Richie Havens, the legendary folk singer and guitarist who opened Woodstock and continued as a respected musician throughout his life died yesterday of a heart attack at age 72. (The music-industry publication Billboard has an obituary for Havens, here.)
Havens was a contemporary of Bob Dylan and others of the Greenwich Village folk scene who came up alongside and with the Beat poets, artists, and socially active figures of New York City in the 1950s and 60s. Like many of them, Havens too absorbed at least some influence from Buddhism.
A 2008 list of his favorite books, published by The Week, includes titles by Thich Nhat Hanh and the Dalai Lama—as well as Rumi, Nina Simone, and Rimbaud. (Walter Parks, who played as lead guitarist Havens, is a fan of Thich Nhat Hanh’s as well, having visited Nhat Hanh’s monastery in France.)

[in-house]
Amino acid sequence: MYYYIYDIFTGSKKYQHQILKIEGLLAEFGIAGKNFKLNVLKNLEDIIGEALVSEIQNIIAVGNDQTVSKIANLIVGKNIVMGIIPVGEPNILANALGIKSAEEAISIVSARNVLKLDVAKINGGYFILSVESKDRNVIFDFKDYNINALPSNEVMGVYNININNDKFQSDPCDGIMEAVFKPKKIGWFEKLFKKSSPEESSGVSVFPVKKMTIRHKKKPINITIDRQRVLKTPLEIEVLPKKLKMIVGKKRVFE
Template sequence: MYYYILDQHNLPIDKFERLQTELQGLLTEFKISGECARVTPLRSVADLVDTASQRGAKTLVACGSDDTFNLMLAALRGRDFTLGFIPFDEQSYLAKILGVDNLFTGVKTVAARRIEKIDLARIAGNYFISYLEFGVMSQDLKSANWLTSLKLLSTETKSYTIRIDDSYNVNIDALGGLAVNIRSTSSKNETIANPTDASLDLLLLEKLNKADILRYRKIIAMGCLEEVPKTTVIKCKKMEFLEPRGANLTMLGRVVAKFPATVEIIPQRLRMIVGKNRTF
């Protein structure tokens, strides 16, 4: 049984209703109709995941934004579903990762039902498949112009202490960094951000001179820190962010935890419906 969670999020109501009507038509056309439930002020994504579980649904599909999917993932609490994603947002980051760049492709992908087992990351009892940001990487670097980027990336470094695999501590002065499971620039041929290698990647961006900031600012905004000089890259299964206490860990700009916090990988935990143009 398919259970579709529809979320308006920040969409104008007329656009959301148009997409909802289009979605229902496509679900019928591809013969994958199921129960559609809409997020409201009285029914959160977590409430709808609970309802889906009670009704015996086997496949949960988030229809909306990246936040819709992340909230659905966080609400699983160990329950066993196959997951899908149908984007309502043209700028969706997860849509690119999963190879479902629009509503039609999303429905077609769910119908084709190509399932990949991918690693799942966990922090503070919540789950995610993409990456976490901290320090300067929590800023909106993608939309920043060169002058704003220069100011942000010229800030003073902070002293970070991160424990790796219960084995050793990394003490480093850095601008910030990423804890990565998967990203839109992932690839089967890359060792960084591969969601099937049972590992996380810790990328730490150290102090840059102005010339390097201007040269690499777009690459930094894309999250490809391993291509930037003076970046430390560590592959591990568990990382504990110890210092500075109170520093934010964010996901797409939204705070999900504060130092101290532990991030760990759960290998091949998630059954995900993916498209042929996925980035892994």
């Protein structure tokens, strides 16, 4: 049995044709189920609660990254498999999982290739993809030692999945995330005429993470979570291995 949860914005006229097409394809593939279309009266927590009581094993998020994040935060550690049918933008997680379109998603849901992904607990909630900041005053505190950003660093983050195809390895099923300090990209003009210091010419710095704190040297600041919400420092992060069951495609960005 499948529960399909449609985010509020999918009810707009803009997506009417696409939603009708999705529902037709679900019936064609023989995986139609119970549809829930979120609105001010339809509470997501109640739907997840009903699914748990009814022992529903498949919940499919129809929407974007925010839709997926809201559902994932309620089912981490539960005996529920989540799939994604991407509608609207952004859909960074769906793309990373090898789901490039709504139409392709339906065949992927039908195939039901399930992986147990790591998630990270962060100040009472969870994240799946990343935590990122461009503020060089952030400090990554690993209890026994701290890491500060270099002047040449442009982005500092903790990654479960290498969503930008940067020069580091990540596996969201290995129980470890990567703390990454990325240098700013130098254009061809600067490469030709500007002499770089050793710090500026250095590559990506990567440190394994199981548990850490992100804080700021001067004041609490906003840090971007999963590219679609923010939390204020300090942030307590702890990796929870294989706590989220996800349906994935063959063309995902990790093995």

Was Havens a Buddhist? That’s unclear. What is clear is that he was sympathetic and active on behalf of the dharma in America. He played the Tibetan Freedom Concert in 1999, and, as our editor-in-chief Melvin McLeod recalls, Havens’ performances at Tricycle magazine benefits in the early 90s as show-stoppers.
Buddhist or not, Havens’s voice is one cherished by his generation and will remain so for many to follow, resonating as it did with simple, hopeful, beauty.